Another year, another doc fix—and another reminder of how lobbying pressure and Congressional skittishness can defang measures intended to reduce the deficit.

The fiscal cliff bill passed in the House yesterday includes once again includes a “doc fix”—a provision designed to avert big cuts in Medicare’s physician reimbursements called for by the Sustainable Growth Rate (the SGR). The SGR, which ties physician’s payment rates to the economy, was put in place as part of a 1997 deficit-reduction deal, and was intended to help restrain the growth of Medicare spending on payments to doctors. But after the SGR resulted in a 4.8 percent reimbursement cut in 2002, doctors put pressure on Congress to never let the cuts go into effect again.

It worked. Since 2002, Congress has never let the cuts go into effect, and some years it’s given doctors a small raise. And because the SGR formula is designed to hold physician payments to a growth trend, the distance between what doctors are supposed to be paid under the formula and what they are actually paid has grown ever larger. This year, the formula called for a 26.5 percent cut. The cost of overriding it was about $30 billion.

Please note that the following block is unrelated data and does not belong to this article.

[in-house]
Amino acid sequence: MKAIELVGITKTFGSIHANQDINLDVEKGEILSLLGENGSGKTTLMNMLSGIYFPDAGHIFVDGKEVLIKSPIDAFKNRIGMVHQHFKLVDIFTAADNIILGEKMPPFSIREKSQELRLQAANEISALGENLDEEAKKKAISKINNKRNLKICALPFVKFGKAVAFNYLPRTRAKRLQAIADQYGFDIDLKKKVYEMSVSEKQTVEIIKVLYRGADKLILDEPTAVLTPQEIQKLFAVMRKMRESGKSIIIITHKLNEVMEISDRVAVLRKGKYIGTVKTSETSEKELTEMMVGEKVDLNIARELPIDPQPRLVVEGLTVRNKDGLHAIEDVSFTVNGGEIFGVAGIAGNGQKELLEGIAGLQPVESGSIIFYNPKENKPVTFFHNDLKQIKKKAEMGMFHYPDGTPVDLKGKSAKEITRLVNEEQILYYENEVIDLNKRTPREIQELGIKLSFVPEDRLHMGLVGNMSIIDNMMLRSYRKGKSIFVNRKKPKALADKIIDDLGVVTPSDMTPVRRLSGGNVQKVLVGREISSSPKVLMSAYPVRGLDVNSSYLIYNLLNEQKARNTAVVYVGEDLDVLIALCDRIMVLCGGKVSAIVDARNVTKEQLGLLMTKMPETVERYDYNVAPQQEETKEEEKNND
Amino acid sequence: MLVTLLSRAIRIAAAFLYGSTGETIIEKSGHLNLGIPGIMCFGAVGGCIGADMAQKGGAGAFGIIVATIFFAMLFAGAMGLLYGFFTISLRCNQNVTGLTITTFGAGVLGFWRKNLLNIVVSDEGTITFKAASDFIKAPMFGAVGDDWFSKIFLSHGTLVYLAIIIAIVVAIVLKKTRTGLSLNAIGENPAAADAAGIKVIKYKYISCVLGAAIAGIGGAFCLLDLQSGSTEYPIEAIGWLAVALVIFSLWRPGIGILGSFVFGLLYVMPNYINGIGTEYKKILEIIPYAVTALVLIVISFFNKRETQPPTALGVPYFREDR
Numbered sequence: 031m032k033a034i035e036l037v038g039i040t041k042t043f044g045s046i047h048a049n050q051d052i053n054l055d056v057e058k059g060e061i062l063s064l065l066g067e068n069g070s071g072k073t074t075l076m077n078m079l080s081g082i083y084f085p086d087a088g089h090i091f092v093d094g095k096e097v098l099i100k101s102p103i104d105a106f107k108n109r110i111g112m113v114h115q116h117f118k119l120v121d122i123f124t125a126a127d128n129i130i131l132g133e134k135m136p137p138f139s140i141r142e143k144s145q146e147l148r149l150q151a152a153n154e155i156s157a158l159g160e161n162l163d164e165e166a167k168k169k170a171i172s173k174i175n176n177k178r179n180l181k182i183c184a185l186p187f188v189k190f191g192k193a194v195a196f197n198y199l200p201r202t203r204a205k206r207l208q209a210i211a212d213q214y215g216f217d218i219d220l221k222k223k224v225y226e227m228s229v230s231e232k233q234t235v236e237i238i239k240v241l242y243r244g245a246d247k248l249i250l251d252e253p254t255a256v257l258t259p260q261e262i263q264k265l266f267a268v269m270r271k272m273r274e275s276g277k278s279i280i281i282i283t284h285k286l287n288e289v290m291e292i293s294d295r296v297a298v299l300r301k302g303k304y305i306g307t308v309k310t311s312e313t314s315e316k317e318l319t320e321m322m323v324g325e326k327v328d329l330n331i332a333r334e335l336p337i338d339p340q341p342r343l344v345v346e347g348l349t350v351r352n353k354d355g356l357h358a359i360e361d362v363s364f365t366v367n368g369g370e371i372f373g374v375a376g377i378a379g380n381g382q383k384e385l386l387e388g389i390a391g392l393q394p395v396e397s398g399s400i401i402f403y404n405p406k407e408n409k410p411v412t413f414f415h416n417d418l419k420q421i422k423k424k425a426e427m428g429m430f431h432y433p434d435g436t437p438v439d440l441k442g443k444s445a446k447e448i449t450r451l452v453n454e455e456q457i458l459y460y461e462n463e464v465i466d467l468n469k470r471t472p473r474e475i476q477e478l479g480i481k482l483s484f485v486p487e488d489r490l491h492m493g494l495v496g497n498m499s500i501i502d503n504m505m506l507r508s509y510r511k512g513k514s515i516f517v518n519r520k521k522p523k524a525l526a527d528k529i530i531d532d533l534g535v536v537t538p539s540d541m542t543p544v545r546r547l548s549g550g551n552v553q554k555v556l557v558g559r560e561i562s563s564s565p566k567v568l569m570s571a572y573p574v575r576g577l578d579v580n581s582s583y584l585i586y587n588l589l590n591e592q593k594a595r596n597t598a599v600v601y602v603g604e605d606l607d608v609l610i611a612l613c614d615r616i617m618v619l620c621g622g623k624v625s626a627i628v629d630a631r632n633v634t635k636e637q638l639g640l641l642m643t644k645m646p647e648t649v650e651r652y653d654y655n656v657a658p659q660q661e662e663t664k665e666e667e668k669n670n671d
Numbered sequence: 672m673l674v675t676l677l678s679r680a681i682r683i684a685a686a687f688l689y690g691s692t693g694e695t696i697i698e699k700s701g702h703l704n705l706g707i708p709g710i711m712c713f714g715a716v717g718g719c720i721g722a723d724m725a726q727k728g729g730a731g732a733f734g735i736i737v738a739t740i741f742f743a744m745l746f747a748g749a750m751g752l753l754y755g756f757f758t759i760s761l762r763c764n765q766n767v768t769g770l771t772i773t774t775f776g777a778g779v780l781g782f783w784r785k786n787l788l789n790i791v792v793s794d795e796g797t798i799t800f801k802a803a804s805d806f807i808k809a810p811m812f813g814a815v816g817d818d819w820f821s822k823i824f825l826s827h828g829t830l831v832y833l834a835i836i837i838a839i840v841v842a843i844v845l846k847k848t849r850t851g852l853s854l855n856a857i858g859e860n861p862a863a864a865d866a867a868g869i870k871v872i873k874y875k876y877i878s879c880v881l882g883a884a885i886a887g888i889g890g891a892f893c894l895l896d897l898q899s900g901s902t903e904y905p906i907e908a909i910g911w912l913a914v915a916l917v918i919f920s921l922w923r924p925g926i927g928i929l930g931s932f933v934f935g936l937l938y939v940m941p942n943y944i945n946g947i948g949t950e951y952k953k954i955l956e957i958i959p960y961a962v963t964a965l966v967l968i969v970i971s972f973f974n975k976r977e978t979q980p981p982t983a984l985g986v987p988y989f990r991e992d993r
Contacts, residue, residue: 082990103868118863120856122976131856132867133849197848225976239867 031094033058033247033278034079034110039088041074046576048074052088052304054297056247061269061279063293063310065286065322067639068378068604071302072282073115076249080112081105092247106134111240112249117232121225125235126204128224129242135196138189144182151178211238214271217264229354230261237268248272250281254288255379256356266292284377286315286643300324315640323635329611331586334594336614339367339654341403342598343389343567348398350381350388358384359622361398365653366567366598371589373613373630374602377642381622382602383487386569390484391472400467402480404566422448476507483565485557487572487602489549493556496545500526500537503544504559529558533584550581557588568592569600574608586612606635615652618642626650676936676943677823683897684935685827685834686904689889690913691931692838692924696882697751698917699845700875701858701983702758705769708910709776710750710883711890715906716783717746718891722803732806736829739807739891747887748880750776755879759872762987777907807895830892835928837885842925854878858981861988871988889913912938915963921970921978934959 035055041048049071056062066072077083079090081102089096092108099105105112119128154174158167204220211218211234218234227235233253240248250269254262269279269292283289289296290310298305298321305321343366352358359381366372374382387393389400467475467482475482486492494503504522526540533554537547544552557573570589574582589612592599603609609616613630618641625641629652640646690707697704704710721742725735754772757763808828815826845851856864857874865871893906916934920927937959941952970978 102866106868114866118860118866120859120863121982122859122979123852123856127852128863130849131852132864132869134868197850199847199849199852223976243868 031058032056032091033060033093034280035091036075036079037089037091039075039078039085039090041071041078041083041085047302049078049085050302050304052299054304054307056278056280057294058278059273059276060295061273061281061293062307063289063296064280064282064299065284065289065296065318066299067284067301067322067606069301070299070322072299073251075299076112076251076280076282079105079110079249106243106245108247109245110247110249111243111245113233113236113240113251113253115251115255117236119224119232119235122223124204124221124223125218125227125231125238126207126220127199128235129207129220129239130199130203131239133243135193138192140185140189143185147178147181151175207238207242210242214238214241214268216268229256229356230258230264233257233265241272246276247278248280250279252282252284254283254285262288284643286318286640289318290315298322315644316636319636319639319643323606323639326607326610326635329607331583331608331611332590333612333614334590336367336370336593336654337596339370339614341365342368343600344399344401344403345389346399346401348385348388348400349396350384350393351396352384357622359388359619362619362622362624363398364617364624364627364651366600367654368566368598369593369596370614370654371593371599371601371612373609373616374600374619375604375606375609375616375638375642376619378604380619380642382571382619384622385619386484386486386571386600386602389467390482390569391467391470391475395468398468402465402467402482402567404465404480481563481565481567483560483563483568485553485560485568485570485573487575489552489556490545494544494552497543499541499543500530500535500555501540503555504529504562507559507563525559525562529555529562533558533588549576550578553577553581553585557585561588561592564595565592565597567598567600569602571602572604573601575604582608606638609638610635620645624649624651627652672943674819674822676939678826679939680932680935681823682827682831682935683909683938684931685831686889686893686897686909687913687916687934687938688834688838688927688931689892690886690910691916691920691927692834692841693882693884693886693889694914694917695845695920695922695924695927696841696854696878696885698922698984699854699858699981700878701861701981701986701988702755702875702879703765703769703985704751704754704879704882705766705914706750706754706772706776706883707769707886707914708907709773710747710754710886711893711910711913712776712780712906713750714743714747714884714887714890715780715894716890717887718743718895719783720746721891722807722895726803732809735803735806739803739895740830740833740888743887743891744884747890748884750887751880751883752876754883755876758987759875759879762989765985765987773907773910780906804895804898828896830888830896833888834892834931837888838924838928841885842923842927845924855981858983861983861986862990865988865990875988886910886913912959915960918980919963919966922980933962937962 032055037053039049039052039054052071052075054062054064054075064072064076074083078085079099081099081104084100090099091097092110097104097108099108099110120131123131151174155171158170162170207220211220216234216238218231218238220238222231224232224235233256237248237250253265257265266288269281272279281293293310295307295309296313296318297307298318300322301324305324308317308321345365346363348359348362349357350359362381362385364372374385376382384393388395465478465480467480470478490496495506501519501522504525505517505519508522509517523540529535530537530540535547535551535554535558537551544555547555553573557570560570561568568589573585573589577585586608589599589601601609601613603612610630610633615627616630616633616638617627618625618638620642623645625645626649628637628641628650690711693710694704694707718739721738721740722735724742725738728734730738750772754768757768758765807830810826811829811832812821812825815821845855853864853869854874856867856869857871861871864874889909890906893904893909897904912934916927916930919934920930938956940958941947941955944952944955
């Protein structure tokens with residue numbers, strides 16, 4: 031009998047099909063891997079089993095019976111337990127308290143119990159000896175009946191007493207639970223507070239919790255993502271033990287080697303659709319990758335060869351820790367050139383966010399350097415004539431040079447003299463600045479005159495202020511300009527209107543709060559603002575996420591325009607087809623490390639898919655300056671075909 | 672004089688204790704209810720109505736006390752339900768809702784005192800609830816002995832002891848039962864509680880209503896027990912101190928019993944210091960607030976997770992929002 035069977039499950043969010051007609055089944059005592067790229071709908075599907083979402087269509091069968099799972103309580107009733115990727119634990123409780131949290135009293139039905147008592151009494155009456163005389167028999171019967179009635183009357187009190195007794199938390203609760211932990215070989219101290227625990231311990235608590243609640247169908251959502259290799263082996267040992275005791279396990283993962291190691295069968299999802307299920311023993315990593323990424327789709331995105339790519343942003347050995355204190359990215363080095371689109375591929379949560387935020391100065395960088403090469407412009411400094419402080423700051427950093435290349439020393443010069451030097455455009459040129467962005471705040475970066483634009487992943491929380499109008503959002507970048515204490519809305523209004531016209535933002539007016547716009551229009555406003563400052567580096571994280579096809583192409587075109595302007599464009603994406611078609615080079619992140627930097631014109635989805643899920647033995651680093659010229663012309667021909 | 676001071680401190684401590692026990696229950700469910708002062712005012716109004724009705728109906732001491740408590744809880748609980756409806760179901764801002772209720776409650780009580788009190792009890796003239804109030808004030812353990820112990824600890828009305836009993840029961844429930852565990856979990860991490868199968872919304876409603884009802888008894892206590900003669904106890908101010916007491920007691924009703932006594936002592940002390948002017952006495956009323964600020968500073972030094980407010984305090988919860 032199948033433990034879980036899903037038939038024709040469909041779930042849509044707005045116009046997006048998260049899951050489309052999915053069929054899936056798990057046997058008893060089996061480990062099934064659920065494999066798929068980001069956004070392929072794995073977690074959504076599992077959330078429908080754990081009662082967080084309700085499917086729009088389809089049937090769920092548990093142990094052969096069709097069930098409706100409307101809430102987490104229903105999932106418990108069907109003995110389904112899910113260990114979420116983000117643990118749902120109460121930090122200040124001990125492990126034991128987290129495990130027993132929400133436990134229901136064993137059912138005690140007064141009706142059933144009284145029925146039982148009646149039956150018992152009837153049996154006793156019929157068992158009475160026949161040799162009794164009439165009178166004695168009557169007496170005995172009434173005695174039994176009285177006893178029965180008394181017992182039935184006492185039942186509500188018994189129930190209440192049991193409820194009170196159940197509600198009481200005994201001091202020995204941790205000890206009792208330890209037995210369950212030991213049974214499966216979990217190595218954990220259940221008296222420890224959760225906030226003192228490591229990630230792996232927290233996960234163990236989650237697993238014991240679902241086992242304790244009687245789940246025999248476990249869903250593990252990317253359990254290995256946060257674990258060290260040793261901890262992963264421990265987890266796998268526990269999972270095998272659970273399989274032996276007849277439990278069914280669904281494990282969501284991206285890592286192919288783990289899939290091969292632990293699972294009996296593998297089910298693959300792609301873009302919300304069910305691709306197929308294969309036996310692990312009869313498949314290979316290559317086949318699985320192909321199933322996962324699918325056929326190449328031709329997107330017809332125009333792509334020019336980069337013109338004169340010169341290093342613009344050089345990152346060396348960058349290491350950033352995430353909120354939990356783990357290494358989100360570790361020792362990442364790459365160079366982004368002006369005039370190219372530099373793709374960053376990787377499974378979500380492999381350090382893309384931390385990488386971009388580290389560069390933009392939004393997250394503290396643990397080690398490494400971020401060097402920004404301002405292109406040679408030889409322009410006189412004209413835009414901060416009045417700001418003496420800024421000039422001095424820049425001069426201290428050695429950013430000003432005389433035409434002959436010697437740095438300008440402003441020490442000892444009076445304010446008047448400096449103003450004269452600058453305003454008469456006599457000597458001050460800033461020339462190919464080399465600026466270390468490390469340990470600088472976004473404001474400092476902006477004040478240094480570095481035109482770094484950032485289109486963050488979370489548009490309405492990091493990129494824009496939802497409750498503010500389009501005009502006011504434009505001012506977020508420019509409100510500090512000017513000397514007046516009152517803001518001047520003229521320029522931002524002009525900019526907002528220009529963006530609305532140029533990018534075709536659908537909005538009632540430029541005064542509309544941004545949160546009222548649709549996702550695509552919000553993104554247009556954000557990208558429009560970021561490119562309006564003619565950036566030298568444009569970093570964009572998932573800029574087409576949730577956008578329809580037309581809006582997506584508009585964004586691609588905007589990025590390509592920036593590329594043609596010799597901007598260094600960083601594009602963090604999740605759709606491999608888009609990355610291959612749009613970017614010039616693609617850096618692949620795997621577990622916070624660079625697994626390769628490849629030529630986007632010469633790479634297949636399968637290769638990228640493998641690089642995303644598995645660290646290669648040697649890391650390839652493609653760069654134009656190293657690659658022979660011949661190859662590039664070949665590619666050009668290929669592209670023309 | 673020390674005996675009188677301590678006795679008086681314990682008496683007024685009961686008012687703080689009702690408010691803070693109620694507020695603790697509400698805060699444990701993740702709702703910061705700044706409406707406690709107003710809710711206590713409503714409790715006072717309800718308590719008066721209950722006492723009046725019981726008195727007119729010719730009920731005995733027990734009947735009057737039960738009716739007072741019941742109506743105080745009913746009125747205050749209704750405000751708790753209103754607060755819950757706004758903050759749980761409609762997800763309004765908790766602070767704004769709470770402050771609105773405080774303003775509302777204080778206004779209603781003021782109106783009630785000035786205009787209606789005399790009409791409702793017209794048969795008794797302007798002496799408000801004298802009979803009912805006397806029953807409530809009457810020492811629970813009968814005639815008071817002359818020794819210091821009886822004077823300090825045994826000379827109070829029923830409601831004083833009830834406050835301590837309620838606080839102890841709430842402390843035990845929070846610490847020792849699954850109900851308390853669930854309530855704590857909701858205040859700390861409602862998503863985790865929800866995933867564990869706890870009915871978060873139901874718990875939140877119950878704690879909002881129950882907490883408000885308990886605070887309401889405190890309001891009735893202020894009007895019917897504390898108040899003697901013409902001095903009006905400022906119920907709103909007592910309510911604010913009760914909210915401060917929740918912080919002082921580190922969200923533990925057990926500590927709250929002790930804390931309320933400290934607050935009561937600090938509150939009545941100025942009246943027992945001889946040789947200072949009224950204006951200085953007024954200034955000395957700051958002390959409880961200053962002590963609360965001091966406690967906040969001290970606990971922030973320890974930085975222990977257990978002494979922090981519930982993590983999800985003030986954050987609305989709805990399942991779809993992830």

Last year’s doc fix was paid for by slicing money out of ObamaCare’s insurance subsidies. This cost of this year’s fix is split between hospitals and some Medicaid payments, according to Kaiser Health News. Unsurprisingly, the providers taking a hit aren’t happy, especially since the cuts come on top of payment reductions included in ObamaCare. Those providers warn that they won’t be able to serve their patients as well with lower payments.

The yearly ritual of the doc fix offers a regular reminder that Congress can’t be trusted to stick to its own spending restraint and deficit reduction measures. And it also highlights both the political complications and market distortions caused by centralized price setting. Would access to physician health care decrease if Congress let the doc fix go into effect? Probably. On the other hand, it’s quite costly to pay for a yearly doc fix—and increasingly difficult to find offsets. Those offsets, meanwhile, have consequences of their own for the providers who end up taking reduced pay in order to fund the fix.

The problem isn’t necessarily that Medicare’s physician payment rates are too high or too low, but that the rates are politically determined. The question we should be asking isn’t: How high should doctor reimbursements be? It’s: Who should be deciding how doctors are reimbursed? And the start of the answer is: not Congress.